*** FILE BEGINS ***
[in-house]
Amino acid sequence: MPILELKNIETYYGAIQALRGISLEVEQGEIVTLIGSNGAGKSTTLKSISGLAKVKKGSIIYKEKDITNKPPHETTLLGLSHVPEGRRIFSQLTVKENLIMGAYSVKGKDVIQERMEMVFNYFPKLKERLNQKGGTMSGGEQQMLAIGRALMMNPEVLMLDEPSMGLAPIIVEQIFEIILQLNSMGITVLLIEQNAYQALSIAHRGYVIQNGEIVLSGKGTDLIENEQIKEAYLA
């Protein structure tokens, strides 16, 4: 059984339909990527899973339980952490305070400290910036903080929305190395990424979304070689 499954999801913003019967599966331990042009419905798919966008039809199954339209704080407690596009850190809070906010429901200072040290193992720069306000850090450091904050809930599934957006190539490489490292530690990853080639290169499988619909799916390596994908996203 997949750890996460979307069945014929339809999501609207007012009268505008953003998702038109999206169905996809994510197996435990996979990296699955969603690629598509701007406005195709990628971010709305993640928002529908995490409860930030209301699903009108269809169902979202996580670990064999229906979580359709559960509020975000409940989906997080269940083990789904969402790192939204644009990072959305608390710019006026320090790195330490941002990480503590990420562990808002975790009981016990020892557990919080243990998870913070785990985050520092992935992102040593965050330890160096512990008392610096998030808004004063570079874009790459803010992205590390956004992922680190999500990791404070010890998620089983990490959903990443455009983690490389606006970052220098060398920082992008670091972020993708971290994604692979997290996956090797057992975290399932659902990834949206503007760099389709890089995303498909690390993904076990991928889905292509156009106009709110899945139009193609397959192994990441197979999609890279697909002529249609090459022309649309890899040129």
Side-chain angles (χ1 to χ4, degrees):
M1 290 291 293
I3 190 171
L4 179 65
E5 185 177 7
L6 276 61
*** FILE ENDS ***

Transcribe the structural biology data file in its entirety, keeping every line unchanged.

[in-house]
Amino acid sequence: MPILELKNIETYYGAIQALRGISLEVEQGEIVTLIGSNGAGKSTTLKSISGLAKVKKGSIIYKEKDITNKPPHETTLLGLSHVPEGRRIFSQLTVKENLIMGAYSVKGKDVIQERMEMVFNYFPKLKERLNQKGGTMSGGEQQMLAIGRALMMNPEVLMLDEPSMGLAPIIVEQIFEIILQLNSMGITVLLIEQNAYQALSIAHRGYVIQNGEIVLSGKGTDLIENEQIKEAYLA
């Protein structure tokens, strides 16, 4: 059984339909990527899973339980952490305070400290910036903080929305190395990424979304070689 499954999801913003019967599966331990042009419905798919966008039809199954339209704080407690596009850190809070906010429901200072040290193992720069306000850090450091904050809930599934957006190539490489490292530690990853080639290169499988619909799916390596994908996203 997949750890996460979307069945014929339809999501609207007012009268505008953003998702038109999206169905996809994510197996435990996979990296699955969603690629598509701007406005195709990628971010709305993640928002529908995490409860930030209301699903009108269809169902979202996580670990064999229906979580359709559960509020975000409940989906997080269940083990789904969402790192939204644009990072959305608390710019006026320090790195330490941002990480503590990420562990808002975790009981016990020892557990919080243990998870913070785990985050520092992935992102040593965050330890160096512990008392610096998030808004004063570079874009790459803010992205590390956004992922680190999500990791404070010890998620089983990490959903990443455009983690490389606006970052220098060398920082992008670091972020993708971290994604692979997290996956090797057992975290399932659902990834949206503007760099389709890089995303498909690390993904076990991928889905292509156009106009709110899945139009193609397959192994990441197979999609890279697909002529249609090459022309649309890899040129």
Side-chain angles (χ1 to χ4, degrees):
M1 290 291 293
I3 190 171
L4 179 65
E5 185 177 7
L6 276 61